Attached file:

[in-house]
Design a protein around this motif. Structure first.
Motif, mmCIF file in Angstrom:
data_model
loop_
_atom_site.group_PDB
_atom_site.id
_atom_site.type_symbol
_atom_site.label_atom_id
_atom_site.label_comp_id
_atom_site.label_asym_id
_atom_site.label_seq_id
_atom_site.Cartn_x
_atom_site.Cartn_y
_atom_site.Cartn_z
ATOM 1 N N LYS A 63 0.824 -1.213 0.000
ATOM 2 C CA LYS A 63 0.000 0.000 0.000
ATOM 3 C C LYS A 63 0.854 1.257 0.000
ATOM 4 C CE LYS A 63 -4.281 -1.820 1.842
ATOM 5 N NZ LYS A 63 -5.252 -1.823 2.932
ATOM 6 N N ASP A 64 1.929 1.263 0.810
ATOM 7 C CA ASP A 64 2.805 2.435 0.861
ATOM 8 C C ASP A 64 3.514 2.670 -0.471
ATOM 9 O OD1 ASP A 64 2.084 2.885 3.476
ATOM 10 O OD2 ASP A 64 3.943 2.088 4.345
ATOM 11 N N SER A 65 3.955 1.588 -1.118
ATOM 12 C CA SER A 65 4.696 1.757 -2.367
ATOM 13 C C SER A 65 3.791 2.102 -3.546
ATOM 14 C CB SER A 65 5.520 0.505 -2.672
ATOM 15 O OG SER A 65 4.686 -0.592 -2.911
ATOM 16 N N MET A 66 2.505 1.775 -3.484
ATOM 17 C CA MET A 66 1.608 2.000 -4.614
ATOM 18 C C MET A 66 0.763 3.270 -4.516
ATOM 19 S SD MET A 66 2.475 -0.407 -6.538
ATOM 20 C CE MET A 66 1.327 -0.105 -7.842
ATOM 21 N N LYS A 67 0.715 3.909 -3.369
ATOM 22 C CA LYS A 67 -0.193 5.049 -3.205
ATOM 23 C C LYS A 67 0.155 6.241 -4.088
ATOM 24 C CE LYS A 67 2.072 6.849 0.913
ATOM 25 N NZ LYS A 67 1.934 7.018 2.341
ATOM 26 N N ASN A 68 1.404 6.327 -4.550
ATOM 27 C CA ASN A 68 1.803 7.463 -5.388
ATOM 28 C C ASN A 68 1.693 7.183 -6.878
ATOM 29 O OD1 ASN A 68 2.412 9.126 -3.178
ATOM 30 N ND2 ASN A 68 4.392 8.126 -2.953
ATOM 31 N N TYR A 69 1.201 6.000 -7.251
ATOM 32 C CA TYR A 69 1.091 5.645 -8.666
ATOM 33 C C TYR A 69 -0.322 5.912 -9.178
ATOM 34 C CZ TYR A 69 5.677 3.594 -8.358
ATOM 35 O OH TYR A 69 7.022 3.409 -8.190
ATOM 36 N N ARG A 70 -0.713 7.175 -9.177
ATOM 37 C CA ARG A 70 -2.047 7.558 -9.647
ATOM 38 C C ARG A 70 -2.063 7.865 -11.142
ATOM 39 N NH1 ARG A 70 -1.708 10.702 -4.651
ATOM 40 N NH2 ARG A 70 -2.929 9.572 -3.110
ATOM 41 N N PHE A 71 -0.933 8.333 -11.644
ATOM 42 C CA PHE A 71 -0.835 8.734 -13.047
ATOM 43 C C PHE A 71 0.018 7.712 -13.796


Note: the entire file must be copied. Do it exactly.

[in-house]
Design a protein around this motif. Structure first.
Motif, mmCIF file in Angstrom:
data_model
loop_
_atom_site.group_PDB
_atom_site.id
_atom_site.type_symbol
_atom_site.label_atom_id
_atom_site.label_comp_id
_atom_site.label_asym_id
_atom_site.label_seq_id
_atom_site.Cartn_x
_atom_site.Cartn_y
_atom_site.Cartn_z
ATOM 1 N N LYS A 63 0.824 -1.213 0.000
ATOM 2 C CA LYS A 63 0.000 0.000 0.000
ATOM 3 C C LYS A 63 0.854 1.257 0.000
ATOM 4 C CE LYS A 63 -4.281 -1.820 1.842
ATOM 5 N NZ LYS A 63 -5.252 -1.823 2.932
ATOM 6 N N ASP A 64 1.929 1.263 0.810
ATOM 7 C CA ASP A 64 2.805 2.435 0.861
ATOM 8 C C ASP A 64 3.514 2.670 -0.471
ATOM 9 O OD1 ASP A 64 2.084 2.885 3.476
ATOM 10 O OD2 ASP A 64 3.943 2.088 4.345
ATOM 11 N N SER A 65 3.955 1.588 -1.118
ATOM 12 C CA SER A 65 4.696 1.757 -2.367
ATOM 13 C C SER A 65 3.791 2.102 -3.546
ATOM 14 C CB SER A 65 5.520 0.505 -2.672
ATOM 15 O OG SER A 65 4.686 -0.592 -2.911
ATOM 16 N N MET A 66 2.505 1.775 -3.484
ATOM 17 C CA MET A 66 1.608 2.000 -4.614
ATOM 18 C C MET A 66 0.763 3.270 -4.516
ATOM 19 S SD MET A 66 2.475 -0.407 -6.538
ATOM 20 C CE MET A 66 1.327 -0.105 -7.842
ATOM 21 N N LYS A 67 0.715 3.909 -3.369
ATOM 22 C CA LYS A 67 -0.193 5.049 -3.205
ATOM 23 C C LYS A 67 0.155 6.241 -4.088
ATOM 24 C CE LYS A 67 2.072 6.849 0.913
ATOM 25 N NZ LYS A 67 1.934 7.018 2.341
ATOM 26 N N ASN A 68 1.404 6.327 -4.550
ATOM 27 C CA ASN A 68 1.803 7.463 -5.388
ATOM 28 C C ASN A 68 1.693 7.183 -6.878
ATOM 29 O OD1 ASN A 68 2.412 9.126 -3.178
ATOM 30 N ND2 ASN A 68 4.392 8.126 -2.953
ATOM 31 N N TYR A 69 1.201 6.000 -7.251
ATOM 32 C CA TYR A 69 1.091 5.645 -8.666
ATOM 33 C C TYR A 69 -0.322 5.912 -9.178
ATOM 34 C CZ TYR A 69 5.677 3.594 -8.358
ATOM 35 O OH TYR A 69 7.022 3.409 -8.190
ATOM 36 N N ARG A 70 -0.713 7.175 -9.177
ATOM 37 C CA ARG A 70 -2.047 7.558 -9.647
ATOM 38 C C ARG A 70 -2.063 7.865 -11.142
ATOM 39 N NH1 ARG A 70 -1.708 10.702 -4.651
ATOM 40 N NH2 ARG A 70 -2.929 9.572 -3.110
ATOM 41 N N PHE A 71 -0.933 8.333 -11.644
ATOM 42 C CA PHE A 71 -0.835 8.734 -13.047
ATOM 43 C C PHE A 71 0.018 7.712 -13.796